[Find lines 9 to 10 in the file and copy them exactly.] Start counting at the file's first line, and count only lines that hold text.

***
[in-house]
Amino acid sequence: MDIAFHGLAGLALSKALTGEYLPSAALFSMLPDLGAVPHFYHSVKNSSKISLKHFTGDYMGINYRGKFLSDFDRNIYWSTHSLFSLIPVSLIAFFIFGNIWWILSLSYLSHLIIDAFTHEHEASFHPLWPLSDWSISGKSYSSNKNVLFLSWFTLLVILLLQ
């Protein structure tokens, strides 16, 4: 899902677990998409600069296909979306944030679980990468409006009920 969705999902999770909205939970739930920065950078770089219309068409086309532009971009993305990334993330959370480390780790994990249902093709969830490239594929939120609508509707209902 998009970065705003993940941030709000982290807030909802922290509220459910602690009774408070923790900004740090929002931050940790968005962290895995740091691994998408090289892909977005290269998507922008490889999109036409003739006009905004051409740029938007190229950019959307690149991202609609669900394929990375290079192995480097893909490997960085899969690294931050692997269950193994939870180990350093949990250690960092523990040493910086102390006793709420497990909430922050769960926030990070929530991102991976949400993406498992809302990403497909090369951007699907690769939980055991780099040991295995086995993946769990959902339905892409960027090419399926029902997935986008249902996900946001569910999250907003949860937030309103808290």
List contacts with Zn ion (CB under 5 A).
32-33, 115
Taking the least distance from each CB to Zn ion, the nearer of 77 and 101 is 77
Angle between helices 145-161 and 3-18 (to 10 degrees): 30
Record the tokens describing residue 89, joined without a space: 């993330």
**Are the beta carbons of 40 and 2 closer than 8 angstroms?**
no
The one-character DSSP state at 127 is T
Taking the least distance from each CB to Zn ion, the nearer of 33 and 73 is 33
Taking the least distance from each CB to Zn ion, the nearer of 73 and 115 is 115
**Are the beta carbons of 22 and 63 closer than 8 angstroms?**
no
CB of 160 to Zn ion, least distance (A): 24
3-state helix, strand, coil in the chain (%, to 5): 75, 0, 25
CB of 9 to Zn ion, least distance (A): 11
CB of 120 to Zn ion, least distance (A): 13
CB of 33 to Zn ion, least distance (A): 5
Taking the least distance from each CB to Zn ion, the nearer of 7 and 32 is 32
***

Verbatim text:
**Are the beta carbons of 40 and 2 closer than 8 angstroms?**
no